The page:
The Asia-Pacific Journal of Ophthalmology

Asia-Pacific Journal of Ophthalmology:

Issue 4, July/August 2017 Review Article

The Complexities of Negative Dysphotopsia

Geneva, Ivayla I.; Henderson, Bonnie A.



Author Information


From the *Department of Internal Medicine, SUNY Upstate Medical University, Syracuse, NY; and †Department of Ophthalmology, Tufts University School of Medicine, Boston, MA.


Reprints: Bonnie An Henderson, MD, Ophthalmic Consultants of Boston, 52 Second Avenue, Suite 2500, Waltham, MA 02451. E-mail: bonnieanhenderson@gmail.com.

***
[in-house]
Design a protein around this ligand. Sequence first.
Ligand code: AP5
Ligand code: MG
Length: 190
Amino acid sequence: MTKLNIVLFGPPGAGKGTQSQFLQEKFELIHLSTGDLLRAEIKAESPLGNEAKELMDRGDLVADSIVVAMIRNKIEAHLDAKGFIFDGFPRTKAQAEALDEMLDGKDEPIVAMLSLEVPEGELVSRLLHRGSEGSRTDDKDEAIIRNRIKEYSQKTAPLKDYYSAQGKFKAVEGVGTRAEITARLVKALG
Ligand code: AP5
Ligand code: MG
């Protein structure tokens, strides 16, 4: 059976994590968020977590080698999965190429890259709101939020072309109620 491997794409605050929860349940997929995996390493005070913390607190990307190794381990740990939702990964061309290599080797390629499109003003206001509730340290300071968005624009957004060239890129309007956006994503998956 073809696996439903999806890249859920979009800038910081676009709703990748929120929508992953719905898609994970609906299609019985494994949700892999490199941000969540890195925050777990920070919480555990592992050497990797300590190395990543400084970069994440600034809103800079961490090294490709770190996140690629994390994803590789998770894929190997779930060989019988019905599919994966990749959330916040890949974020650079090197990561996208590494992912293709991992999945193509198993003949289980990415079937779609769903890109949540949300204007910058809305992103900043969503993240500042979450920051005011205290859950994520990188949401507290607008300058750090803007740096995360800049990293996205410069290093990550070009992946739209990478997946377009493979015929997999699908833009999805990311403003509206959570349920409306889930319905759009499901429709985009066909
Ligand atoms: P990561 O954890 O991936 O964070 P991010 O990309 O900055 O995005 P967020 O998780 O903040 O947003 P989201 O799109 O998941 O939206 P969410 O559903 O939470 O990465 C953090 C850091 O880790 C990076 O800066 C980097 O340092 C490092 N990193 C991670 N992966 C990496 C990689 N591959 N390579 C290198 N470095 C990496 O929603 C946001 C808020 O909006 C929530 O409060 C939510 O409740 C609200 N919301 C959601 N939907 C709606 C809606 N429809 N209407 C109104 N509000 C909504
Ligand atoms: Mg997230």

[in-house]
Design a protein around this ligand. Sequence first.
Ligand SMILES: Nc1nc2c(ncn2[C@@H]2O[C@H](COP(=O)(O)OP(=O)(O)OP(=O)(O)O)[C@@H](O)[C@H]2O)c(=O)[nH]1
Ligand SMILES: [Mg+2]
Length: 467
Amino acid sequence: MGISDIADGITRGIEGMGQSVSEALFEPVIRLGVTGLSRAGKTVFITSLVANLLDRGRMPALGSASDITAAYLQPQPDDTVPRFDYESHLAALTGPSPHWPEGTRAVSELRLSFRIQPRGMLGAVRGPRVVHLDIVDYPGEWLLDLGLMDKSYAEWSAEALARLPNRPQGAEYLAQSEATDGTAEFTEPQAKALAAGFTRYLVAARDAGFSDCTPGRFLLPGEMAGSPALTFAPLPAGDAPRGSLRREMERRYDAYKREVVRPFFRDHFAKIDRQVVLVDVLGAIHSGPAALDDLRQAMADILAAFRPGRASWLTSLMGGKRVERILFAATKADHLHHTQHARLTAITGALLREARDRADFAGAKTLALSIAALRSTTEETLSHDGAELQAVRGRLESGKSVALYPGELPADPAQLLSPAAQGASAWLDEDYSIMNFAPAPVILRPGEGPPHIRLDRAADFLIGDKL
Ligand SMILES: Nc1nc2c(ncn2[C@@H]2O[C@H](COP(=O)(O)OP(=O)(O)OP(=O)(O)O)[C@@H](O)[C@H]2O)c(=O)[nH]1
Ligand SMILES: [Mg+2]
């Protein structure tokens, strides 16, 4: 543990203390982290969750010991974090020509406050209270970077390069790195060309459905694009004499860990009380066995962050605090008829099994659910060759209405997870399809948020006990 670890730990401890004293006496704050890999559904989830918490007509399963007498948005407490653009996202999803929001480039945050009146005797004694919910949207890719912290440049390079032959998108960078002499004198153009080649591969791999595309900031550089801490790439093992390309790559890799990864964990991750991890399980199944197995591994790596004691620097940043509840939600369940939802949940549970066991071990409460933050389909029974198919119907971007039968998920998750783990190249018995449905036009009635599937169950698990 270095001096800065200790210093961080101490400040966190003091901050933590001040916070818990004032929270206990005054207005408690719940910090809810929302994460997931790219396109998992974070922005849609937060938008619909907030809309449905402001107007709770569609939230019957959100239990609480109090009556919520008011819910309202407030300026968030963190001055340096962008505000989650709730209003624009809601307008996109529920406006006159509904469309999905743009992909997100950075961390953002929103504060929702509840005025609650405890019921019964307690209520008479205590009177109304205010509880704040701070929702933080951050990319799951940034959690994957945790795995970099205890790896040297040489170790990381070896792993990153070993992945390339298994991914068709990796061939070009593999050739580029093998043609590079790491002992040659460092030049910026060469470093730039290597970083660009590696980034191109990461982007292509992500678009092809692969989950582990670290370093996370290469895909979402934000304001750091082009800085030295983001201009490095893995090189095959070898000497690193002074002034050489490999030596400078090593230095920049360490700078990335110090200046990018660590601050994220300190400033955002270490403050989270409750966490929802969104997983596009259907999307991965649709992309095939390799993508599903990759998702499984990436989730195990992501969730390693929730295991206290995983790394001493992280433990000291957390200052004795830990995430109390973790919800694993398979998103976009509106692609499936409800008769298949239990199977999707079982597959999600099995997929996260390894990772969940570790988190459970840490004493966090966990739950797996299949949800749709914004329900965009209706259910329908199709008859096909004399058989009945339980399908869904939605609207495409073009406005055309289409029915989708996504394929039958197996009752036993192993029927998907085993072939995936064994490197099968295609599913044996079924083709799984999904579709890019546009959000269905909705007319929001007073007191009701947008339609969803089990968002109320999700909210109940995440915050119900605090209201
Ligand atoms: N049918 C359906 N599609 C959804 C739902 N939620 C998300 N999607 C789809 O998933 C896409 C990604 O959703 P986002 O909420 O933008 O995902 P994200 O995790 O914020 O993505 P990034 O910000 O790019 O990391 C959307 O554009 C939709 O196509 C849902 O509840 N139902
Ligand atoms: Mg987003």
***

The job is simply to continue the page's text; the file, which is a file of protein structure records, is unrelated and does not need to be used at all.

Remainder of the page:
Abstract


The appearance of a dark shadow in the temporal periphery, otherwise known as negative dysphotopsia, continues to be a problem for some patients after routine uncomplicated cataract surgery. Etiologies include type and design of intraocular lens (IOL), anatomical features and dimensions of the eye, pupil size, angle kappa, relationship of the optic to the anterior capsule, and the position of the optic/haptic junction of the IOL. Although the primary etiology remains controversial, it is clear that the cause is multifactorial. All of the factors should be considered when attempting to prevent or treat this phenomenon.




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